Martin and McDonald refuse to apologise to Fitzgerald

FF leader says minister lost confidence of Dáil because ‘vital information was withheld’

The Disclosures Tribunal report found that former minister for justice Frances Fitzgerald had acted appropriately in her handling of allegations about a Garda smear campaign against Sgt Maurice McCabe. File photograph: Eric Luke/The Irish Times

The Disclosures Tribunal report found that former minister for justice Frances Fitzgerald had acted appropriately in her handling of allegations about a Garda smear campaign against Sgt Maurice McCabe. File photograph: Eric Luke/The Irish Times

 

The Fianna Fáil and Sinn Féin leaders have refused to apologise to former minister for justice Frances Fitzgerald after the Disclosures Tribunal report cleared her of any wrongdoing in relation to her handling of allegations about a Garda smear campaign.

Ms Fitzgerald was forced to resign in the political turmoil over the controversy surrounding whistleblower Sgt Maurice McCabe almost a year ago but Mr Justice Peter Charleton’s tribunal report accepted she acted appropriately.

Minister for Health Simon Harris had accused Micheál Martin of “hounding her out of office” and Ms Fitzgerald herself has said she would like an apology.

Mr Martin said “we didn’t hound anybody out of office”.

Asked on RTÉ radio’s This Week programme if he was prepared to apologise Mr Martin said he bore her no ill will and had nothing personal against Ms Fitzgerald.

“It’s very regrettable on a personal level what happened to Frances Fitzgerald, of course. And I never wanted to be in that position last November.”

But he said the Opposition lost confidence in Ms Fitzgerald because vital information was withheld and the Dáil was misled on whether or not she was aware of what was transpiring at the O’Higgins commission.

The O’Higgins commission was was established in February 2015 to investigate and report on allegations made by Sgt McCabe about poor practice in the Cavan/Monaghan division of the Garda Síochána.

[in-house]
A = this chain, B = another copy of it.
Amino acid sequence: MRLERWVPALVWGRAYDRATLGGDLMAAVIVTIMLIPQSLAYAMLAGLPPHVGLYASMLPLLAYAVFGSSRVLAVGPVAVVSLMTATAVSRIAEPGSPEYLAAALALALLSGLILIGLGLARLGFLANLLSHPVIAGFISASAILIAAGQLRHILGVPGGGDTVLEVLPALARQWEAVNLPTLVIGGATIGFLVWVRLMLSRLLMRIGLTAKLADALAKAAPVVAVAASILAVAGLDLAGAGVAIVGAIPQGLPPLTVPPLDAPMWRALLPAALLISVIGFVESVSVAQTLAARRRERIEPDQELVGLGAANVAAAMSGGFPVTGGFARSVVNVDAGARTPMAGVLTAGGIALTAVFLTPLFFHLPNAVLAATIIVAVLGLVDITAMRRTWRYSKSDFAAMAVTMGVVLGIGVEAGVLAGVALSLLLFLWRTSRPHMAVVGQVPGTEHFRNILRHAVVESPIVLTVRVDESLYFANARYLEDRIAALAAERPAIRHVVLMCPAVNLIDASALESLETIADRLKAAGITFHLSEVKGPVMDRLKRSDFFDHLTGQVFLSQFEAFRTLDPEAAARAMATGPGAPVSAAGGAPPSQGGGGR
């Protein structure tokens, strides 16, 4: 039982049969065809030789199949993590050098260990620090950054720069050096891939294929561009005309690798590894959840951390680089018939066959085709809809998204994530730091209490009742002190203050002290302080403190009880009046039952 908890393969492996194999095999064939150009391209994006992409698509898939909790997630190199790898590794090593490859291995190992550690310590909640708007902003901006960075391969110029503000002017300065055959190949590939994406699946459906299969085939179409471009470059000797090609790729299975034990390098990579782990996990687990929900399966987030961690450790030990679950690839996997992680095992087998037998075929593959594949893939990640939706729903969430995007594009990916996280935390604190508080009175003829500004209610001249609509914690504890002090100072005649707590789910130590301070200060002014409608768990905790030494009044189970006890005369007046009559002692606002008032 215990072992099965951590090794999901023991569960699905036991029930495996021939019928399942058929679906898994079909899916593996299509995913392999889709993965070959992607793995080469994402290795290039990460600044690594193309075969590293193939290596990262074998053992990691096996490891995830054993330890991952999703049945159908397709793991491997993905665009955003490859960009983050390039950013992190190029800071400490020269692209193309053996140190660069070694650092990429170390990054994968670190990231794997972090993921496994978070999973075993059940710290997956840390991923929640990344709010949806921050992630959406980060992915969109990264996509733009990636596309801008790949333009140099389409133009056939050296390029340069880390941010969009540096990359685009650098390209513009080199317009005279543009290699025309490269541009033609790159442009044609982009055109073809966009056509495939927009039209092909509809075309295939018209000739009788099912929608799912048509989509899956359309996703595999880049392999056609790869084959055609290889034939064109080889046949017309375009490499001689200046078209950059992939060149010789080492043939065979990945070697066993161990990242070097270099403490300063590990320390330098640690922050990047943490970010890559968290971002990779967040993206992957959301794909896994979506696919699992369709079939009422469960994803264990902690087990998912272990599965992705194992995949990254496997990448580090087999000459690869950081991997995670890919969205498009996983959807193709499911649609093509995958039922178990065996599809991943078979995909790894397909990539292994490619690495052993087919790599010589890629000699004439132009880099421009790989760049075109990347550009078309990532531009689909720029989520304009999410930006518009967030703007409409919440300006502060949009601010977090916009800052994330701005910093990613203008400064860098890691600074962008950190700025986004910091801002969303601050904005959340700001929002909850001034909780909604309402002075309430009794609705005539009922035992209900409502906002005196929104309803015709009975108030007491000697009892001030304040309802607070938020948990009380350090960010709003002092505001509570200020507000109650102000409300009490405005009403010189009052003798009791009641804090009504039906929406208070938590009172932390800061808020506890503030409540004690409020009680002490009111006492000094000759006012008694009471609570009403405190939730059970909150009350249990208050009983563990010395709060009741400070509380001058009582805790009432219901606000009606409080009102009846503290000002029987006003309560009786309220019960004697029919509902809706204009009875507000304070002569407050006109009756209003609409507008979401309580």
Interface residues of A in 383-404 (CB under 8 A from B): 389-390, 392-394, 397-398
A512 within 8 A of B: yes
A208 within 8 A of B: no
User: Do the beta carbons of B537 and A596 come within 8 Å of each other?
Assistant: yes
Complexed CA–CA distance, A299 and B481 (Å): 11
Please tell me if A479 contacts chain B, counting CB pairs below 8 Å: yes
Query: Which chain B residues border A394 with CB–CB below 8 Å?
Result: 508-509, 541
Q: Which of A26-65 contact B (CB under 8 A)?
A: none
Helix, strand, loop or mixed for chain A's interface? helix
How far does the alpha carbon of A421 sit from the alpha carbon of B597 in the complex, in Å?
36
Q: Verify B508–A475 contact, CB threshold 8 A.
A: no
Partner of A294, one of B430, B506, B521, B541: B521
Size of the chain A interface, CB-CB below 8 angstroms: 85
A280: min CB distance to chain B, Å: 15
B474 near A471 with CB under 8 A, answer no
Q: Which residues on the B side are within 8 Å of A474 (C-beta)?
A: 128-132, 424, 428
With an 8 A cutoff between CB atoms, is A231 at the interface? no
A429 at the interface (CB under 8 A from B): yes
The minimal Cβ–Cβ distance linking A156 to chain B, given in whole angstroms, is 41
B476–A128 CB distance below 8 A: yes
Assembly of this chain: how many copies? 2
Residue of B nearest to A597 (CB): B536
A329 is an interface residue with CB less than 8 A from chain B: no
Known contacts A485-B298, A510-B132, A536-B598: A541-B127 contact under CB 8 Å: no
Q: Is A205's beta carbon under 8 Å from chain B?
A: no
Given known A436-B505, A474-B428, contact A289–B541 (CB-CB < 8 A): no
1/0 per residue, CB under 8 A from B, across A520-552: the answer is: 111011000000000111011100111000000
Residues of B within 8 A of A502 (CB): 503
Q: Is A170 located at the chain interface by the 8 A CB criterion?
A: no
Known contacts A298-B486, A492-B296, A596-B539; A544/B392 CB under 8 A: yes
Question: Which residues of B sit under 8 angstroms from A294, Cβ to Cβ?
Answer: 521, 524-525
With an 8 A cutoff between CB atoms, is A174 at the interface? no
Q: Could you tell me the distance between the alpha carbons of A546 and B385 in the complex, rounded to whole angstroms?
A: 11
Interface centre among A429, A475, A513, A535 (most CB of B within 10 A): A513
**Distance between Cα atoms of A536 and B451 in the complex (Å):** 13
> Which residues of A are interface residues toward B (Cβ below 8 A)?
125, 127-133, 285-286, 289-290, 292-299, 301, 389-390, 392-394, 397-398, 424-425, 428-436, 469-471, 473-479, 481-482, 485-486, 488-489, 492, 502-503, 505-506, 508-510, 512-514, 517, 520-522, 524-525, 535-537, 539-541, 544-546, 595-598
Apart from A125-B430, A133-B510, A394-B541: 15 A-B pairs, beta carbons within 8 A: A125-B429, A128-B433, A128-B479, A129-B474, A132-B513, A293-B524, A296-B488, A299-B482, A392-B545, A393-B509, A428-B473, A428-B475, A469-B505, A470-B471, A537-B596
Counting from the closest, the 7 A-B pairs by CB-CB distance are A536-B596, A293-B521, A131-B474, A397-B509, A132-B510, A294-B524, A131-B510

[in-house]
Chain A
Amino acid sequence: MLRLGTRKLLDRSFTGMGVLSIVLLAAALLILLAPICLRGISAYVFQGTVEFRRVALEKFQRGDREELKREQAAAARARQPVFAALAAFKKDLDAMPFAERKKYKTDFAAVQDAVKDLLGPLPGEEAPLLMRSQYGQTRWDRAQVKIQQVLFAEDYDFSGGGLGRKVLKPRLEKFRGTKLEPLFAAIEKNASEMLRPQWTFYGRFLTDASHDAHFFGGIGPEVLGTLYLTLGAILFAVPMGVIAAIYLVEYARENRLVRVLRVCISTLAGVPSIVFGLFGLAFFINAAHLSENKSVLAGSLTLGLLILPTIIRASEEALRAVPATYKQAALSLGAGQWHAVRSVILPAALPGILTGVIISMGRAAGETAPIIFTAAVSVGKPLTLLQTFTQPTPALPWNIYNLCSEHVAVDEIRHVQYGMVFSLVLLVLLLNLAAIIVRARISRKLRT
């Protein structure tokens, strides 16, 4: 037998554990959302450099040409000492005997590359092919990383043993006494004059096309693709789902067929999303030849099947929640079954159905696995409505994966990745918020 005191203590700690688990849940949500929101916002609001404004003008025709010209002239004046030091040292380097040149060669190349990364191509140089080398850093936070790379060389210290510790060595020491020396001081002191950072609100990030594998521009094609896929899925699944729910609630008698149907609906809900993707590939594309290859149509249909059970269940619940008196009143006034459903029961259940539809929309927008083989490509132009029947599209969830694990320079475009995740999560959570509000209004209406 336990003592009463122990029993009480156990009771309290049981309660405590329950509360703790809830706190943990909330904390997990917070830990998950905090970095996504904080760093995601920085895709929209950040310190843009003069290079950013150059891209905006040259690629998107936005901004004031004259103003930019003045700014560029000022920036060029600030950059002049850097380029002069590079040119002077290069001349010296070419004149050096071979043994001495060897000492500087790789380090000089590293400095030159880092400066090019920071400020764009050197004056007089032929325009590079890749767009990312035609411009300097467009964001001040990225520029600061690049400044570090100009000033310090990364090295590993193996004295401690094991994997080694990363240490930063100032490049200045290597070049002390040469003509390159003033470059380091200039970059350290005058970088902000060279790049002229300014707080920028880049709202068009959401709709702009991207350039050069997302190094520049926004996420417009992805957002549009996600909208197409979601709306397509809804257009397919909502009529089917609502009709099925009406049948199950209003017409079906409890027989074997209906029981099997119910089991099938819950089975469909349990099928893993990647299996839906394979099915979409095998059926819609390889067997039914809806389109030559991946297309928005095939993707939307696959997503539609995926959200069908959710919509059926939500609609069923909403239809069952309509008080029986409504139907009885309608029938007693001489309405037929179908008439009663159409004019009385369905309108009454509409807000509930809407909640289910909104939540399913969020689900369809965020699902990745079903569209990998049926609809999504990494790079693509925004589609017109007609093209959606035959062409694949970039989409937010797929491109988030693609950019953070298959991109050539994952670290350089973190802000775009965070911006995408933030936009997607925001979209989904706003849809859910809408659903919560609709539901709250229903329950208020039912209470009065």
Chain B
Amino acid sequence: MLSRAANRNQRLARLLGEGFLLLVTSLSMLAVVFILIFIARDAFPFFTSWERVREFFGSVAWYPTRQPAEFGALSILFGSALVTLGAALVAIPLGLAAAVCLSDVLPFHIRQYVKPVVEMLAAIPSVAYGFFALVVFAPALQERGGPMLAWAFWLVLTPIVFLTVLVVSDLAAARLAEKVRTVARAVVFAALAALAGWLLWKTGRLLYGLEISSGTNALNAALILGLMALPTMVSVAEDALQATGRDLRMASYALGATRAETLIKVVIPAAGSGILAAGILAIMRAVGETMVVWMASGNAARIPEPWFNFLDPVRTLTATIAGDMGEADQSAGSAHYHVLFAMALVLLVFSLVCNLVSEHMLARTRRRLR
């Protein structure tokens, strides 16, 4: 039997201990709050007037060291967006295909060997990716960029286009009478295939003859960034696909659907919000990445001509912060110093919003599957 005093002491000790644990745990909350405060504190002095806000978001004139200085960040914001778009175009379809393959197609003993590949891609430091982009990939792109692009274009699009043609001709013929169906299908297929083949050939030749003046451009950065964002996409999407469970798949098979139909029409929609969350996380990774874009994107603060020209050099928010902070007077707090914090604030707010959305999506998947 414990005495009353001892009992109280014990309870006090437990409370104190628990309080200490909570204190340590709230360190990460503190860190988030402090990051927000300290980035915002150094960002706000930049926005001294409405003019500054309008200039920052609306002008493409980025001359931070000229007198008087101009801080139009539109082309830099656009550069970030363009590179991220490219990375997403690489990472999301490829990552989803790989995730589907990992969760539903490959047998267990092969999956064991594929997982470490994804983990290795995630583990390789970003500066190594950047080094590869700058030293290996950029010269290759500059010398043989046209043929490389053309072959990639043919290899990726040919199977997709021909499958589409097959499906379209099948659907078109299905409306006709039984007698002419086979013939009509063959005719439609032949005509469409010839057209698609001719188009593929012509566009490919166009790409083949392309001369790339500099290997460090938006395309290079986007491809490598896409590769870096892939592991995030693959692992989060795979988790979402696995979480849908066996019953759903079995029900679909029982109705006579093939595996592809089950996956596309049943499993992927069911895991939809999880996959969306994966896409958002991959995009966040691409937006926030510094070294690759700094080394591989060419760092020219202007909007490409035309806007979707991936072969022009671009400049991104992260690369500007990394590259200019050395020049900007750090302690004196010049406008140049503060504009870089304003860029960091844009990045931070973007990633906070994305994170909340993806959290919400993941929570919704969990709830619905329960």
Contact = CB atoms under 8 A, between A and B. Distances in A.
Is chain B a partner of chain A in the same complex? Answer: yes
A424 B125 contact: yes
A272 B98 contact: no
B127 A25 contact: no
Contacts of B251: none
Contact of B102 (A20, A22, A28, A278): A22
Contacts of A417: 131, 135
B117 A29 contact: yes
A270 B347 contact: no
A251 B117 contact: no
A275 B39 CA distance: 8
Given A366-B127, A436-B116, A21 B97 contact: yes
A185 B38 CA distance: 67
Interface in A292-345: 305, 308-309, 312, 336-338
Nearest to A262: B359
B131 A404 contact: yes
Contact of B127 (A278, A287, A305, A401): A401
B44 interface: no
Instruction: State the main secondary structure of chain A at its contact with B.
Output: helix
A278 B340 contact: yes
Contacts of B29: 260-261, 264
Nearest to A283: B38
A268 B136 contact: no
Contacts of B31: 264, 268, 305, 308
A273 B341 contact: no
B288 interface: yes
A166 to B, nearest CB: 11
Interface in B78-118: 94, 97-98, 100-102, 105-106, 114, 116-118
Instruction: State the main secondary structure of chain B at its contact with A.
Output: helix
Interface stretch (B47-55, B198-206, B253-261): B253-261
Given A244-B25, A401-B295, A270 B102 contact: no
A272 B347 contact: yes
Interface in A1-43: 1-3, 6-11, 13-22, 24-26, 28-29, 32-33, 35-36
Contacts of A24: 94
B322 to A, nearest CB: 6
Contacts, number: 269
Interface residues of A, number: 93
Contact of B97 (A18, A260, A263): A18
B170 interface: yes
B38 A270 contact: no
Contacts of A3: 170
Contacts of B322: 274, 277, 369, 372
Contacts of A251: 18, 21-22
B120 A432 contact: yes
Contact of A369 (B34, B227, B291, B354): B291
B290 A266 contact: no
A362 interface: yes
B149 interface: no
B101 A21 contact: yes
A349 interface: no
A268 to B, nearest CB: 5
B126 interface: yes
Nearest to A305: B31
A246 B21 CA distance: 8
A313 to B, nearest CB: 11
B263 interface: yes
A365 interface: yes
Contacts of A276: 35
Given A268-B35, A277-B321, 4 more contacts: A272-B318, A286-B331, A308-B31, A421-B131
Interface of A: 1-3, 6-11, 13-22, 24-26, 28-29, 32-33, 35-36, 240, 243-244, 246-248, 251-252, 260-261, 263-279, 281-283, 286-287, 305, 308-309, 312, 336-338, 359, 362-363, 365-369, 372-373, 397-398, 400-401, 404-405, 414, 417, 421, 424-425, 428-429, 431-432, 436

Mr Martin said that the Government should be at least as exercised if not more exercised about the main conclusions of the Disclosures Tribunal report than “by their own particular parties’ fortunes and a member of their Government”.

The Fianna Fáil leader said there were links between the controversy which led to Ms FitzGerald stepping down and the resignation of minister for communications Denis Naughten in the withholding of information from the Dáil.

He said Dáil questions from Labour TD Alan Kelly about the Garda smear allegations should have been answered fully. He said information was withheld from both the Dáil and the tribunal and only provided when the Taoiseach ordered a trawl of documents within the Department of Justice.

“The Dáil should be treated up front and with respect and full transparency,” he said.

‘Answerable’

Sinn Féin leader Mary Lou McDonald who had repeatedly called for Ms Fitzgerald to resign, said “it was not a personal attack”.

She said politics was about accountability and the system had gone catastrophically wrong, failing Sgt McCabe. “The political system has to be answerable.”

She said last year the record of the Dáil had had to be corrected on five separate occasions because of partial, incorrect or incomplete information.

“Charleton wasn’t asked to make political assessments. And the political assessment was that Frances Fitzgerald had lost the confidence of the Dáil.”

Apologies were necessary but were due to “the injured party, Sgt Maurice and Lorraine McCabe and their family and it is An Garda Síochána, the Department of Justice, the current Minister for Justice Charlie Flanagan and previous ministers for justice who owe an explanation and apology to that man and his family”.

Asked whether officials in the department should also apologise to Ms Fitzgerald for failing to disclose emails to the tribunal, Mr Flanagan said “my conclusion is that the Department of Justice comes reasonably well out of that”.

He said there was a “rather frenzied pursuit of a head” and he pointed to the report’s conclusions about “politicians and commentators in a rush of judgment”.